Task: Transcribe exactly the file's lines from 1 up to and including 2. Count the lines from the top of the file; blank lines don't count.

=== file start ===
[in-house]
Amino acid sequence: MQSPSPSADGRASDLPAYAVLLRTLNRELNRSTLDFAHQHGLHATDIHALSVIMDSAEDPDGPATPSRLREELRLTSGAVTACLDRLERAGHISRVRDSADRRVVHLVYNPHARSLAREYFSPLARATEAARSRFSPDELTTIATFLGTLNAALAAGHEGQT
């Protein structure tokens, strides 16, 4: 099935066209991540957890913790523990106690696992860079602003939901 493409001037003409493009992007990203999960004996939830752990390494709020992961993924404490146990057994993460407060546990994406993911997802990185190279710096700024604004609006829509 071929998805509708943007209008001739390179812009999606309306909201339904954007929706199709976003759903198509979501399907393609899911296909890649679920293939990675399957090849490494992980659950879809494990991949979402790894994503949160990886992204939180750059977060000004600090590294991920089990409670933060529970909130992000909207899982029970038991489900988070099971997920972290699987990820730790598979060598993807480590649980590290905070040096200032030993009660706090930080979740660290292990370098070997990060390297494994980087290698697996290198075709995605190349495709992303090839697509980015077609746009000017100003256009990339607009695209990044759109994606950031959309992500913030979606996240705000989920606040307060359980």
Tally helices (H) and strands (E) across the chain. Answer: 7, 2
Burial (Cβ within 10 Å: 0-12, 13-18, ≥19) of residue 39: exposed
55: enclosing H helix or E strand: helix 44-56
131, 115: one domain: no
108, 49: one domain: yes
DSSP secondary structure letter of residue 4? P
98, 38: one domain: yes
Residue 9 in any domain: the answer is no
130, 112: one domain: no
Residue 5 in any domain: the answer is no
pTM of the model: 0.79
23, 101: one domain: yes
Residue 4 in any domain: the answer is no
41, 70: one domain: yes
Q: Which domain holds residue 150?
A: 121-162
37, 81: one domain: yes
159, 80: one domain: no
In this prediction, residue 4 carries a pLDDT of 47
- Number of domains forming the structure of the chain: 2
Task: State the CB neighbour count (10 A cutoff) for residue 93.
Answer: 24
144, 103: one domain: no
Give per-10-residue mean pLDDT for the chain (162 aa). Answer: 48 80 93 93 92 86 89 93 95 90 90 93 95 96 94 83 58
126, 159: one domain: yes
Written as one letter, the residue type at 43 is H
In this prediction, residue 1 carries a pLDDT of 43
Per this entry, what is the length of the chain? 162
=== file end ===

[in-house]
Amino acid sequence: MQSPSPSADGRASDLPAYAVLLRTLNRELNRSTLDFAHQHGLHATDIHALSVIMDSAEDPDGPATPSRLREELRLTSGAVTACLDRLERAGHISRVRDSADRRVVHLVYNPHARSLAREYFSPLARATEAARSRFSPDELTTIATFLGTLNAALAAGHEGQT